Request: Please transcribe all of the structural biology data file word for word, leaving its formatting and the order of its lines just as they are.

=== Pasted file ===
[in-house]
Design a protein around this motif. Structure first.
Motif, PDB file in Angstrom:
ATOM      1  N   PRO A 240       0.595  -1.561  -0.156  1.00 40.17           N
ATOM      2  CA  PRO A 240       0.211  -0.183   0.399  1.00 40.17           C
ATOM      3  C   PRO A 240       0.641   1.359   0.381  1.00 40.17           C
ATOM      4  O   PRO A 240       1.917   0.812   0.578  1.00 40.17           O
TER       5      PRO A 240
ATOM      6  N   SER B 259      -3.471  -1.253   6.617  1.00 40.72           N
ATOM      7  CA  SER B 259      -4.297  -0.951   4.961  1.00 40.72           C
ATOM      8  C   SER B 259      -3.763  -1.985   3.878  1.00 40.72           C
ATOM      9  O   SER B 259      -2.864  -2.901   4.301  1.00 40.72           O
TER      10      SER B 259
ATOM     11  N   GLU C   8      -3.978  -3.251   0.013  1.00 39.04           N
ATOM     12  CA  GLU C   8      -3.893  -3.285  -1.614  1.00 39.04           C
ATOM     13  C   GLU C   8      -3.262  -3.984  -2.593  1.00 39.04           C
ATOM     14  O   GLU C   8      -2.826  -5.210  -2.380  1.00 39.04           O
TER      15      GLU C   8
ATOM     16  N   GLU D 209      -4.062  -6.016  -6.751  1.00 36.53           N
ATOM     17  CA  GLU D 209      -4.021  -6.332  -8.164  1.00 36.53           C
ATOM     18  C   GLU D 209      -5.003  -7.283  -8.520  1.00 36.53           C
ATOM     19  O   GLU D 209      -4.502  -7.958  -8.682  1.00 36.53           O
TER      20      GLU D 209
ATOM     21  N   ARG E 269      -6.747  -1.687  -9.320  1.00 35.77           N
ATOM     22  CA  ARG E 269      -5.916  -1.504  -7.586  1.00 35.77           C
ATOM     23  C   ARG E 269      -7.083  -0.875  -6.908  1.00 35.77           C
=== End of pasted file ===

[in-house]
Design a protein around this motif. Structure first.
Motif, PDB file in Angstrom:
ATOM      1  N   PRO A 240       0.595  -1.561  -0.156  1.00 40.17           N
ATOM      2  CA  PRO A 240       0.211  -0.183   0.399  1.00 40.17           C
ATOM      3  C   PRO A 240       0.641   1.359   0.381  1.00 40.17           C
ATOM      4  O   PRO A 240       1.917   0.812   0.578  1.00 40.17           O
TER       5      PRO A 240
ATOM      6  N   SER B 259      -3.471  -1.253   6.617  1.00 40.72           N
ATOM      7  CA  SER B 259      -4.297  -0.951   4.961  1.00 40.72           C
ATOM      8  C   SER B 259      -3.763  -1.985   3.878  1.00 40.72           C
ATOM      9  O   SER B 259      -2.864  -2.901   4.301  1.00 40.72           O
TER      10      SER B 259
ATOM     11  N   GLU C   8      -3.978  -3.251   0.013  1.00 39.04           N
ATOM     12  CA  GLU C   8      -3.893  -3.285  -1.614  1.00 39.04           C
ATOM     13  C   GLU C   8      -3.262  -3.984  -2.593  1.00 39.04           C
ATOM     14  O   GLU C   8      -2.826  -5.210  -2.380  1.00 39.04           O
TER      15      GLU C   8
ATOM     16  N   GLU D 209      -4.062  -6.016  -6.751  1.00 36.53           N
ATOM     17  CA  GLU D 209      -4.021  -6.332  -8.164  1.00 36.53           C
ATOM     18  C   GLU D 209      -5.003  -7.283  -8.520  1.00 36.53           C
ATOM     19  O   GLU D 209      -4.502  -7.958  -8.682  1.00 36.53           O
TER      20      GLU D 209
ATOM     21  N   ARG E 269      -6.747  -1.687  -9.320  1.00 35.77           N
ATOM     22  CA  ARG E 269      -5.916  -1.504  -7.586  1.00 35.77           C
ATOM     23  C   ARG E 269      -7.083  -0.875  -6.908  1.00 35.77           C